Set in upstate New York in the ambiguous “near future,” Jake Schreier’s Robot and Frank is a melting pot of 22nd-century perplexities. Frank Langella plays an eponymous retired jewel thief who lives on his own in a grumpy and increasingly dementia-riddled existence. His son Hunter (James Marsden) gives Frank a robot in an effort to keep his father’s life in order and to give himself a chance to spend less time with his dad. Frank initially despises the bot, but eventually the machine becomes not only his pal but an accomplice in one last small-scale heist (as long as Frank agrees to a low-sodium diet).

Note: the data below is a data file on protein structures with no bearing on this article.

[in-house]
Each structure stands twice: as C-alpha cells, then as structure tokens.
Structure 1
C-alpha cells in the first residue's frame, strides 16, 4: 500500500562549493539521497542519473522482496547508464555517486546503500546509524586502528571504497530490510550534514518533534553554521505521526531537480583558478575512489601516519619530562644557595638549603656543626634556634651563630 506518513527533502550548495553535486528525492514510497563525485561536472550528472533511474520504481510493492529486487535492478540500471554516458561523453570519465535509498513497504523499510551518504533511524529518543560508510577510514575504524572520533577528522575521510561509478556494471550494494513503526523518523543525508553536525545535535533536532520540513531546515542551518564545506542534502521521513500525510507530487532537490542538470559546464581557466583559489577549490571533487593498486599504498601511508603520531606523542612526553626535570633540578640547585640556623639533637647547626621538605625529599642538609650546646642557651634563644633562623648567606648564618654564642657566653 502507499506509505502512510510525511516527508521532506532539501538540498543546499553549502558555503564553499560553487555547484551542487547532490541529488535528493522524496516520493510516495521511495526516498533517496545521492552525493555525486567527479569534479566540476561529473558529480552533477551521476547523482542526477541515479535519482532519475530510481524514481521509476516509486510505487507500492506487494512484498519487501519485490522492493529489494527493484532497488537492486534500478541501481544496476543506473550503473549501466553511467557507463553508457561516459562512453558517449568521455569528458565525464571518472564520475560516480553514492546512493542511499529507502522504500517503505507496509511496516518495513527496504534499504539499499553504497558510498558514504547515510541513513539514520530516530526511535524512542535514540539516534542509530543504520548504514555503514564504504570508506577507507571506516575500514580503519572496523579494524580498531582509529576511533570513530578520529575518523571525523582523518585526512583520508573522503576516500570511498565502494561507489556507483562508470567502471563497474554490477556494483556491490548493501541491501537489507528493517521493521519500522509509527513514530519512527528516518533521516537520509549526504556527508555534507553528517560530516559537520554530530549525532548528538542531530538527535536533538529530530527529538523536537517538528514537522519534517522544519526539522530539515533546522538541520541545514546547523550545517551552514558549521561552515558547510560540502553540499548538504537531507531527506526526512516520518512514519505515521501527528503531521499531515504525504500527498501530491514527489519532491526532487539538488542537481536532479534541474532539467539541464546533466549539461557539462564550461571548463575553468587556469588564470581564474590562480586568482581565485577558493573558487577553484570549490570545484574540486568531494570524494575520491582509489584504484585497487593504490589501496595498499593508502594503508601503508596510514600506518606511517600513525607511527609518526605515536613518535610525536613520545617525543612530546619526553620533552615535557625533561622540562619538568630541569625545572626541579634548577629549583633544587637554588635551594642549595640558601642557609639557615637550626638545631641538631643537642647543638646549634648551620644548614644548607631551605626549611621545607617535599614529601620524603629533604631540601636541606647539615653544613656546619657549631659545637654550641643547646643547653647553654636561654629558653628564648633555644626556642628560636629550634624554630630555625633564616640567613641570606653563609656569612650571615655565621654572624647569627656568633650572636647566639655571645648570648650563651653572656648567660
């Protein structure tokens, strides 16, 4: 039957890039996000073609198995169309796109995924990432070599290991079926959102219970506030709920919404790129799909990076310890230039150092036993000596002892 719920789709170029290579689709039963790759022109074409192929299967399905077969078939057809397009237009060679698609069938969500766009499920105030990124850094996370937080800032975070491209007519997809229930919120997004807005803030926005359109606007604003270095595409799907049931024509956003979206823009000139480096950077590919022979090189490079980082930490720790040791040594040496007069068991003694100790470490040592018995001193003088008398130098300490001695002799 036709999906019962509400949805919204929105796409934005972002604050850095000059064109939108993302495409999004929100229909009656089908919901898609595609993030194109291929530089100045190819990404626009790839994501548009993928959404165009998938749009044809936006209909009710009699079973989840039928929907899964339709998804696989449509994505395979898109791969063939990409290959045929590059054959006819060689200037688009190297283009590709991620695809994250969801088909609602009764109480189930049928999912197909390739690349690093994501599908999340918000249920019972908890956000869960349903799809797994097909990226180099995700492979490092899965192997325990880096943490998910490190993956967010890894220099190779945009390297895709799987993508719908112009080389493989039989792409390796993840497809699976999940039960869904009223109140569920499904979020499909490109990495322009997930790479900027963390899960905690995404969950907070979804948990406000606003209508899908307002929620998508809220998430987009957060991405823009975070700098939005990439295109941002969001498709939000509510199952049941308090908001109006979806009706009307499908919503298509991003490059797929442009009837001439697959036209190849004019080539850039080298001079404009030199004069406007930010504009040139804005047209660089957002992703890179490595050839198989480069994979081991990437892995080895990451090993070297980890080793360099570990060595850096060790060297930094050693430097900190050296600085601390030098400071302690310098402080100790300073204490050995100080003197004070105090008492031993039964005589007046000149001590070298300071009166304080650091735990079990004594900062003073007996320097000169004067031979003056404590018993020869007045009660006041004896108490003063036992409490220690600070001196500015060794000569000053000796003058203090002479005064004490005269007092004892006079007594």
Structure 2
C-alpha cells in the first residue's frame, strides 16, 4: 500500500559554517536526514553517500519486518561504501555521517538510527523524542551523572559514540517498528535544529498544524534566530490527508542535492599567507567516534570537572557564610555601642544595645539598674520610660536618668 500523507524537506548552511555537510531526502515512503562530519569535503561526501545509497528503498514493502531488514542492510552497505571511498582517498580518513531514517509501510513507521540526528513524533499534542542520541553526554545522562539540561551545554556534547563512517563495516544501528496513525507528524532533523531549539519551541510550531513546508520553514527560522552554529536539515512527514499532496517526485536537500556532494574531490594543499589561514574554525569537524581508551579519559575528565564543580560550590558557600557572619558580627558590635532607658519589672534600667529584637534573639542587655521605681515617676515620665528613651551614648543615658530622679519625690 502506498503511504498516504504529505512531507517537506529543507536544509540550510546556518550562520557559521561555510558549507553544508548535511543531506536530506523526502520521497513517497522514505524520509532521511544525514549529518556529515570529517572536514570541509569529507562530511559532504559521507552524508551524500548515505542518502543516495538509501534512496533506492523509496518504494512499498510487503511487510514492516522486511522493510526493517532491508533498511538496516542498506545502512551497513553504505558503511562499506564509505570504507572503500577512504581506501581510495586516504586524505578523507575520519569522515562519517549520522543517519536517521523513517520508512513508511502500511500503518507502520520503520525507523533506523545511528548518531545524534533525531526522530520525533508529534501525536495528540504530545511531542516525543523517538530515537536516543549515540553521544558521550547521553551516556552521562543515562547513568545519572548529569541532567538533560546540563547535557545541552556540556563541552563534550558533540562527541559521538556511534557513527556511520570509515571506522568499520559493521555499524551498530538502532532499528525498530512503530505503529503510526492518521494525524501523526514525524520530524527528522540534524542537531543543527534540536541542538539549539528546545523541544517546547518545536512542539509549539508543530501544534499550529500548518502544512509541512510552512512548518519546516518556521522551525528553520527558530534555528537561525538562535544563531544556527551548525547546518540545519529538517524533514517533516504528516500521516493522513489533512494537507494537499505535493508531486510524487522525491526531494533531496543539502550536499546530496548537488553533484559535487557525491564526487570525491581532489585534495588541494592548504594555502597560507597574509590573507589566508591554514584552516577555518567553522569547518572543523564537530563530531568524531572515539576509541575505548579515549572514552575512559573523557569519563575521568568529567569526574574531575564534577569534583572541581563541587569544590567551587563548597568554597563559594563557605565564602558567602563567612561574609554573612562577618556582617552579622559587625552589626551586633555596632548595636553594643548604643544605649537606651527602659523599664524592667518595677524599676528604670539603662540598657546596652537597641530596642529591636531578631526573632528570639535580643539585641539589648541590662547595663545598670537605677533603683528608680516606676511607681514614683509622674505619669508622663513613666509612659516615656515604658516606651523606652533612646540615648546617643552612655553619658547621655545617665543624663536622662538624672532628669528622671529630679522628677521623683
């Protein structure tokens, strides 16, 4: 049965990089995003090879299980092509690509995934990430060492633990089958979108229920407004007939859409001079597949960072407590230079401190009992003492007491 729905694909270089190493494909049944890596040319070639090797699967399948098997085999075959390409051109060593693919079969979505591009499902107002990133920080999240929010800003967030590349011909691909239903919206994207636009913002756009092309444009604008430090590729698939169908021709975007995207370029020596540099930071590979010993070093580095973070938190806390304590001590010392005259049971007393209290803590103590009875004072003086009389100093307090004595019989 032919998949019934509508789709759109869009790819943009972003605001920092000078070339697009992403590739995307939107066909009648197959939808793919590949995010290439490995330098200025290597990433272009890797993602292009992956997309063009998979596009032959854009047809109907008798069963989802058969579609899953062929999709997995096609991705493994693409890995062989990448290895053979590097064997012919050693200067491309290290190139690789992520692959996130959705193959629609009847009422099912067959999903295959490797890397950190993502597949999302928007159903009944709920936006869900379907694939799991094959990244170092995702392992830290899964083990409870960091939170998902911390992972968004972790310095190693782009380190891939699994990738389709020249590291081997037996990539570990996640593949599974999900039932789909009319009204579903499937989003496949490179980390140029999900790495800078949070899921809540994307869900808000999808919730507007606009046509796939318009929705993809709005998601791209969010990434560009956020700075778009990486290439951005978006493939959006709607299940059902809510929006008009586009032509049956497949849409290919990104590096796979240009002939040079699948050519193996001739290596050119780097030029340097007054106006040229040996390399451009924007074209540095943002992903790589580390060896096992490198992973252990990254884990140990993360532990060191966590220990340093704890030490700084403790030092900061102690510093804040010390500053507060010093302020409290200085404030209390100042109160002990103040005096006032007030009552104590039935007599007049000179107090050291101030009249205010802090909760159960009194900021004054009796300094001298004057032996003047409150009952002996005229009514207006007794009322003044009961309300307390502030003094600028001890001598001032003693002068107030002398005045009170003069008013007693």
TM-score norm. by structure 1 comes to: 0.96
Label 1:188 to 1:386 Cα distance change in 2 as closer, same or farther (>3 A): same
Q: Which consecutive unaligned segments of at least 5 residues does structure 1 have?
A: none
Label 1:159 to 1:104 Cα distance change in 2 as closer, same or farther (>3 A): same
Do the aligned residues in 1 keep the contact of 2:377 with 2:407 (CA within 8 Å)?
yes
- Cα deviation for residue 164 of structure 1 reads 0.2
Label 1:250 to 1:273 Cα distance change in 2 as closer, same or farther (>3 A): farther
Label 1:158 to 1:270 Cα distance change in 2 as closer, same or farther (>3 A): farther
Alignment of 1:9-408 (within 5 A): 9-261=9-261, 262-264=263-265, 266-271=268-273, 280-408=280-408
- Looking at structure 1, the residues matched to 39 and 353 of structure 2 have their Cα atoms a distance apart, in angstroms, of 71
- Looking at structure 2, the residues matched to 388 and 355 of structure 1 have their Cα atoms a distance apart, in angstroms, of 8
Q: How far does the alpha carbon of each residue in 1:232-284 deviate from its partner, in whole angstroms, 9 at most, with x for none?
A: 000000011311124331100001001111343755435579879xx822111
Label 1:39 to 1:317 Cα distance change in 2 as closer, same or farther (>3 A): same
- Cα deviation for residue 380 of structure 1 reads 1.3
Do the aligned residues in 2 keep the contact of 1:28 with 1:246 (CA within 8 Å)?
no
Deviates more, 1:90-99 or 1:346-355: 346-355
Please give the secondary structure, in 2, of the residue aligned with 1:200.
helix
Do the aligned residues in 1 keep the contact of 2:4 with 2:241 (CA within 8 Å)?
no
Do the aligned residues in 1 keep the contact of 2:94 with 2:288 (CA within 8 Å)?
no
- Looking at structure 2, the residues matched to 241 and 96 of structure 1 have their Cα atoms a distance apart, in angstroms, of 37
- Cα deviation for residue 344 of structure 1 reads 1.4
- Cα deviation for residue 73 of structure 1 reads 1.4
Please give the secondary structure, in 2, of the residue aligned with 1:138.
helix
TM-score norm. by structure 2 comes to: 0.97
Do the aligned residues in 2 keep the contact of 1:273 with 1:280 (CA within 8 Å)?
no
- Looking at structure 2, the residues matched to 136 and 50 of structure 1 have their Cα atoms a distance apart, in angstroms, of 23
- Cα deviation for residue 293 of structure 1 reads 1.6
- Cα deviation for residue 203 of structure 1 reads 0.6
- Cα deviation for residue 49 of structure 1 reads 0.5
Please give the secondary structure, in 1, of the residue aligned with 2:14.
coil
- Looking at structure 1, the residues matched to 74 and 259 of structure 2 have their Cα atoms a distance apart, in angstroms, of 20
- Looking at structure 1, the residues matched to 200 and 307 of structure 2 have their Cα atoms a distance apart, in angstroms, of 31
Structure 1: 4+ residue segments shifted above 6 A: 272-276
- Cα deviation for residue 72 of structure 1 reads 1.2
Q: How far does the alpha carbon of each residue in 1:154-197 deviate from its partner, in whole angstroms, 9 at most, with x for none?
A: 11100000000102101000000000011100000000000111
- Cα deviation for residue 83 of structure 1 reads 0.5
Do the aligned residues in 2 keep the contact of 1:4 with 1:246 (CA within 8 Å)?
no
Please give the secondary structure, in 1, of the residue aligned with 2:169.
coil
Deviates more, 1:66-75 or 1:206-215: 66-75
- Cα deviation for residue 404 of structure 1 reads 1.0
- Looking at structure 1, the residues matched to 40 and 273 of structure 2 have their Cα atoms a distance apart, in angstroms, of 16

The target in question is yuppie library employee Jake (Jeremy Strong), cast as the film’s tablet-toting villain and the antithesis of his lovely employer Jennifer (Susan Sarandon), the object of Frank’s affections. The library’s embrace of digital scans instead of printed material is one of many serious issues the films appears to juggle in a surprisingly lighthearted fashion. The concepts of augmented reality, parental relationships and the philosophy of a robot’s very existence are all touched upon in a manner suited to a story that does its best to tie the plotline’s threads together, with questionable results. “I don’t want to talk about how you don’t exist,” Frank tells the robot. “It’s making me uncomfortable.”